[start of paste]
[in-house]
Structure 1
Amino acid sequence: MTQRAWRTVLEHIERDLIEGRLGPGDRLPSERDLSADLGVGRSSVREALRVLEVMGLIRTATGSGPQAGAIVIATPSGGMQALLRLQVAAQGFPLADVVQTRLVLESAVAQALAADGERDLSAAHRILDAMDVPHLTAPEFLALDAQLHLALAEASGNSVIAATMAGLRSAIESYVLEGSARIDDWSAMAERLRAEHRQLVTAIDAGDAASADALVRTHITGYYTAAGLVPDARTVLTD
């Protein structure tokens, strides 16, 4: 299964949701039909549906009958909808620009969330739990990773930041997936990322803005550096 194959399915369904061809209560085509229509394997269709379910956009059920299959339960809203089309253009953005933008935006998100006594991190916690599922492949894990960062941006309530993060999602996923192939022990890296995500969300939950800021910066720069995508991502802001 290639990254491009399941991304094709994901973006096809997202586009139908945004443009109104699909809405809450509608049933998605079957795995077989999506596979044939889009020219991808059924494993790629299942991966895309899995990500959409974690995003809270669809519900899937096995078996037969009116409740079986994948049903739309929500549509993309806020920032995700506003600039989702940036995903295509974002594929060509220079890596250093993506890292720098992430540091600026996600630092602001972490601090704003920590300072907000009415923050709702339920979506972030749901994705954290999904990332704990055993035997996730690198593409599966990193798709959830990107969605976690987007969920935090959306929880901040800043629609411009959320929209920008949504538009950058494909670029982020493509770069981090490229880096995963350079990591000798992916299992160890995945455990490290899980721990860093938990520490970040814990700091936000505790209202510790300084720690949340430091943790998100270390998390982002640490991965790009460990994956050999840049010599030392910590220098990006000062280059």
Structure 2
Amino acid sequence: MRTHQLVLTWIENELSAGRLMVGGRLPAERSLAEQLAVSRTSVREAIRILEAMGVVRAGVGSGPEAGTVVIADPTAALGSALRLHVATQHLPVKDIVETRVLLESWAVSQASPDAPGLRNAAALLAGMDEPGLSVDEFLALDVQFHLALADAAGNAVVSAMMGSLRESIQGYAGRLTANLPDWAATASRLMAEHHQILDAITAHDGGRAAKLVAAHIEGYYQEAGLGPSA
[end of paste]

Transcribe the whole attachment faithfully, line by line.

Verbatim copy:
[in-house]
Structure 1
Amino acid sequence: MTQRAWRTVLEHIERDLIEGRLGPGDRLPSERDLSADLGVGRSSVREALRVLEVMGLIRTATGSGPQAGAIVIATPSGGMQALLRLQVAAQGFPLADVVQTRLVLESAVAQALAADGERDLSAAHRILDAMDVPHLTAPEFLALDAQLHLALAEASGNSVIAATMAGLRSAIESYVLEGSARIDDWSAMAERLRAEHRQLVTAIDAGDAASADALVRTHITGYYTAAGLVPDARTVLTD
């Protein structure tokens, strides 16, 4: 299964949701039909549906009958909808620009969330739990990773930041997936990322803005550096 194959399915369904061809209560085509229509394997269709379910956009059920299959339960809203089309253009953005933008935006998100006594991190916690599922492949894990960062941006309530993060999602996923192939022990890296995500969300939950800021910066720069995508991502802001 290639990254491009399941991304094709994901973006096809997202586009139908945004443009109104699909809405809450509608049933998605079957795995077989999506596979044939889009020219991808059924494993790629299942991966895309899995990500959409974690995003809270669809519900899937096995078996037969009116409740079986994948049903739309929500549509993309806020920032995700506003600039989702940036995903295509974002594929060509220079890596250093993506890292720098992430540091600026996600630092602001972490601090704003920590300072907000009415923050709702339920979506972030749901994705954290999904990332704990055993035997996730690198593409599966990193798709959830990107969605976690987007969920935090959306929880901040800043629609411009959320929209920008949504538009950058494909670029982020493509770069981090490229880096995963350079990591000798992916299992160890995945455990490290899980721990860093938990520490970040814990700091936000505790209202510790300084720690949340430091943790998100270390998390982002640490991965790009460990994956050999840049010599030392910590220098990006000062280059």
Structure 2
Amino acid sequence: MRTHQLVLTWIENELSAGRLMVGGRLPAERSLAEQLAVSRTSVREAIRILEAMGVVRAGVGSGPEAGTVVIADPTAALGSALRLHVATQHLPVKDIVETRVLLESWAVSQASPDAPGLRNAAALLAGMDEPGLSVDEFLALDVQFHLALADAAGNAVVSAMMGSLRESIQGYAGRLTANLPDWAATASRLMAEHHQILDAITAHDGGRAAKLVAAHIEGYYQEAGLGPSA